Junior Dion Wiley is getting major attention from Division I collegiate programs, and is also shining the spotlight on the rest of his team. (James Sherrill for Synthesis/Koubaroulis LLC/The Washington Post)

The cellphone rang early, at around 8:15 a.m., by no means an unusual occurrence for Maryland men’s basketball Coach Mark Turgeon. Except this call, made by Potomac (Md.) shooting guard Dion Wiley, represented another milestone in Turgeon’s quest to secure top local talent.

Wiley had known for days he would orally commit to the Terrapins, but waited until Friday morning to make it official. A heralded shooting guard recruit, Wiley picked Maryland from among a star-studded roster of suitors, including Miami, Florida, Georgetown and Indiana, after a lengthy courtship process that included numerous visits from Turgeon.

“Someone told me if the head coach isn’t after you, you don’t really mean that much to them,” Wiley said. “Coach Turgeon has been on me since day one my 10th-grade year. . . . I really did this because I feel comfortable.”

The significance of Wiley’s commitment weighs heavy for several reasons. As of Friday, the Terps had locked down the top-ranked Class of 2014 players from two local states, Virginia and Maryland, after Bishop O’Connell combo guard Romelo Trimble pledged his commitment last December.

Wiley is averaging a team-high 14.1 points per game this summer for Team Takeover, the nation’s top-seeded AAU squad entering the EYBL Peach Jam. The 6-foot-4, 195-pound Wiley is also shooting a blistering 48.1 percent from three-point range, and when paired with Trimble is expected to bring some perimeter firepower to College Park. As a junior for the Wolverines last winter, Wiley averaged 17.9 points, 8.3 rebounds and 6.4 assists and led Potomac to 22 wins and a berth in the Maryland 3A title game. He was named a first-team All-Met.

Scoring the top prospect from both Team Takeover (Wiley) and DC Assault (Trimble) marks a colossal recruiting landmark in Turgeon’s short tenure, entering its third year. Keeping assistant coach Bino Ranson, a Baltimore-area recruiting guru, and adding DC Assault alumnus Dalonte Hill to his coaching staff represented a concentrated effort to keep area prospects at home, but Wiley’s commitment was primarily Turgeon’s doing. Potomac Coach Renard Johnson said Turgeon attended at least a half-dozen Potomac games and regularly spoke with Wiley each weekend.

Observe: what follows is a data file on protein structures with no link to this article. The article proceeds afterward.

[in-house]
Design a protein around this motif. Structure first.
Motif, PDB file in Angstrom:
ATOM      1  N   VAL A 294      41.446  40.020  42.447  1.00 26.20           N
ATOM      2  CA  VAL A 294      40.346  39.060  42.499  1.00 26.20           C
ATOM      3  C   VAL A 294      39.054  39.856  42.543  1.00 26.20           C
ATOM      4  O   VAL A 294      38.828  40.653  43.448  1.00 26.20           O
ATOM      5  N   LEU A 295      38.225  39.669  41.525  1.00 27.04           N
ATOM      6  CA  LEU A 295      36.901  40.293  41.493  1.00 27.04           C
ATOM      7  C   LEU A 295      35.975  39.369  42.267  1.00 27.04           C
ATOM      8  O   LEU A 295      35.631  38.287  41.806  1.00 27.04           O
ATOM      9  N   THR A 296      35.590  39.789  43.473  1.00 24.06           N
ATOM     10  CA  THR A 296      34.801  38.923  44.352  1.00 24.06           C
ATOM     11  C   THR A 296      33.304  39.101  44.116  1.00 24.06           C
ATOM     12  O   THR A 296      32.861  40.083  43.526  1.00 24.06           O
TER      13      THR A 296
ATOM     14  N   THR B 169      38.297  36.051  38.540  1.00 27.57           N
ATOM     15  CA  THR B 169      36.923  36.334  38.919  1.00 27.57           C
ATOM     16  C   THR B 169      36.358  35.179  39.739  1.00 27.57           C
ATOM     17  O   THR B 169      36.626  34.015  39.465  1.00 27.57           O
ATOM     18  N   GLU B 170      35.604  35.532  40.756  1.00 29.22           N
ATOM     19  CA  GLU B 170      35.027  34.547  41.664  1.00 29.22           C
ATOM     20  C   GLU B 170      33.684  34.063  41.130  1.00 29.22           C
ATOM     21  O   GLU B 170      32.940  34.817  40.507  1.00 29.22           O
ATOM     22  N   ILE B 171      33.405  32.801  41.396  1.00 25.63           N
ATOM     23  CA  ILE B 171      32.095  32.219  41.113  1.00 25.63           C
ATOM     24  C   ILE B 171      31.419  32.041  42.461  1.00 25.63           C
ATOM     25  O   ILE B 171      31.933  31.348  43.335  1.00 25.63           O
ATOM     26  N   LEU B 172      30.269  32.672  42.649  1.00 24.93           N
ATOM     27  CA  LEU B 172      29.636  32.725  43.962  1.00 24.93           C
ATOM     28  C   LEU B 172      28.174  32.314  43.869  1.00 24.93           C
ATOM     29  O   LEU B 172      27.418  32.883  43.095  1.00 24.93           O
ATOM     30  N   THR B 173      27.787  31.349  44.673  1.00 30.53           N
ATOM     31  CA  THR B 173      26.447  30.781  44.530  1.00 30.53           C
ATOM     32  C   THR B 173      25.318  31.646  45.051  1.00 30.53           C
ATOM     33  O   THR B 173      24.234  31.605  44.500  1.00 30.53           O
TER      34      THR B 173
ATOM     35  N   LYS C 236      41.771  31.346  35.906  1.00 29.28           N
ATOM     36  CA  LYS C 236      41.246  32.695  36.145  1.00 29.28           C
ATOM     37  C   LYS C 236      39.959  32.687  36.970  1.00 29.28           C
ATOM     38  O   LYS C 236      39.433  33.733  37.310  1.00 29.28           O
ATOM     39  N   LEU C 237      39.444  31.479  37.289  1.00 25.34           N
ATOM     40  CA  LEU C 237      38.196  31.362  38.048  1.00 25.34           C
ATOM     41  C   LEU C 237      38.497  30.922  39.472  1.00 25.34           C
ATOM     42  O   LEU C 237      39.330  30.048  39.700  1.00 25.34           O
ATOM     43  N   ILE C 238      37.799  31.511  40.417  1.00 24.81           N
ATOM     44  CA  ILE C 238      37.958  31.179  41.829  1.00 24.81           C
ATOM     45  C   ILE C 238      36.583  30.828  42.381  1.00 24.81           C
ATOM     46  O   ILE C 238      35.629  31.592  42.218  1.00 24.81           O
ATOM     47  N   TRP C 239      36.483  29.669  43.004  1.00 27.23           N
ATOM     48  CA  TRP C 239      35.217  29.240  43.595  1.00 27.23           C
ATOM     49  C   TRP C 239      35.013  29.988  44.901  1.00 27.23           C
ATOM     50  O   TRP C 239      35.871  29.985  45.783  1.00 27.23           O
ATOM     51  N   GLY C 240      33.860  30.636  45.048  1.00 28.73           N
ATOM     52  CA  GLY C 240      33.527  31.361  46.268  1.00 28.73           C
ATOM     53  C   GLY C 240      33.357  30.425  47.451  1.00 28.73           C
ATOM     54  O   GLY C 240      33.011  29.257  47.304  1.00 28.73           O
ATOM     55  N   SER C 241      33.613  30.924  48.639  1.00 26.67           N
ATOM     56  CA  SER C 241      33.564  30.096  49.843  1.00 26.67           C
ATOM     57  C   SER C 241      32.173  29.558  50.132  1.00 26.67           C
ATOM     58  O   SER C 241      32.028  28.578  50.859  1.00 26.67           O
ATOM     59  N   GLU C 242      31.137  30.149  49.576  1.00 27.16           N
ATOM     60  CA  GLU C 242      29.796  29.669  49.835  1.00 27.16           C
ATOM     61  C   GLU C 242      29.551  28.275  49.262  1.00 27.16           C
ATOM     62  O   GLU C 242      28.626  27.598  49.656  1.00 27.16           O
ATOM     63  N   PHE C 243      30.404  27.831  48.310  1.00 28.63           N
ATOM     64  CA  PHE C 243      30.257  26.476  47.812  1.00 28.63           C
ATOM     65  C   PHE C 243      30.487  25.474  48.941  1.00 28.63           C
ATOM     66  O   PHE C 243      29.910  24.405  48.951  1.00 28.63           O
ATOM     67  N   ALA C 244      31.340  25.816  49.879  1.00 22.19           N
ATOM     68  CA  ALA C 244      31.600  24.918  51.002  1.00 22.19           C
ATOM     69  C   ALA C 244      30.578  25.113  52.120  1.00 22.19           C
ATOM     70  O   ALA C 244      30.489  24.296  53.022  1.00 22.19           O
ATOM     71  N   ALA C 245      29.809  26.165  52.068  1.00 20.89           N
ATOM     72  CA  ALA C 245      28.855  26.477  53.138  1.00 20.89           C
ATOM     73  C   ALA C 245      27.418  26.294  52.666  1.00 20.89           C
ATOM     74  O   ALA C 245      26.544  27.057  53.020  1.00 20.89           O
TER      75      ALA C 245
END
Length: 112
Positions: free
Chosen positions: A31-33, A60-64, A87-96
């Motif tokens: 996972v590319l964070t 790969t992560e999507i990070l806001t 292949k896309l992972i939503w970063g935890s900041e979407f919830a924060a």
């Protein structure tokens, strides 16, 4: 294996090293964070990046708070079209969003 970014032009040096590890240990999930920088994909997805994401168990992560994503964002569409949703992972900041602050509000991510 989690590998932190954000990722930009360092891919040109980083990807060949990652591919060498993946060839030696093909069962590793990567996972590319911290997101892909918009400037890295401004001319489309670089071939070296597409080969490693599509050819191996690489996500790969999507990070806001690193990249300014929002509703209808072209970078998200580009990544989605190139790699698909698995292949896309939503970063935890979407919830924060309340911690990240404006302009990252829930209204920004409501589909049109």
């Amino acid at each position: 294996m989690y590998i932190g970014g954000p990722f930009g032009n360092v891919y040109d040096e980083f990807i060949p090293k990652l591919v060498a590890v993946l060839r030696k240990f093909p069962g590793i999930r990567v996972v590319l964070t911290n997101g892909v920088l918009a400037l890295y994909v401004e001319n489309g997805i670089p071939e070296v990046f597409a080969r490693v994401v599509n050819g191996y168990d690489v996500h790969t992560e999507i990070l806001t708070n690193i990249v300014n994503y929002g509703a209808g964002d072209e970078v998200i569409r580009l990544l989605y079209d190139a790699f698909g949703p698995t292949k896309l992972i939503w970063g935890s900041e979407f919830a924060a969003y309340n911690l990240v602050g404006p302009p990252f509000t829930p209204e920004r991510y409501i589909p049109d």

The most recent call made official what Wiley had known for days.

“Coach Turgeon was one of the first coaches to come after Dion. I guess that really impressed Dion,” said Mike Gray, Wiley’s longtime mentor and AAU coach with the Maryland Ruff Riders. “It wasn’t like a beating him across the head, calling him everyday type thing. It’s just that Coach Turgeon seemed to impress him. He took a liking to him, and felt like it would be a good fit if he went there, that Coach Turgeon and his staff would take care of him.”

Wiley’s commitment was several years in the making. His smooth shooting stroke and diverse skill-set, which has him rated by ESPN.com as a five-star prospect and the third-best shooting guard nationally in the class of 2014, dates back even further. Wiley first joined the Ruff Riders organization around age 7, and could already execute a deadly crossover once Gray found him three years later. “To watch him,” Gray said, “was a thing of beauty.”

Wiley will join an already loaded and electric Maryland back court once he arrives next summer, one that projects to include speedster Seth Allen, five-star point guard Roddy Peters and Trimble. Barring any attrition, NBA draft or otherwise, the Terps will also have Nick Faust and Dez Wells as seniors during the 2014-15 season.

But even without the unmistakable allure of playing with those big names, Wiley’s commitment was inevitable given Turgeon’s full-court press.

“The biggest factor is the way they recruited me,” said Wiley, who can’t sign his letter-of-intent until the early signing period begins on Nov. 14. “They let me know that I can come in as a freshman and make an impact.”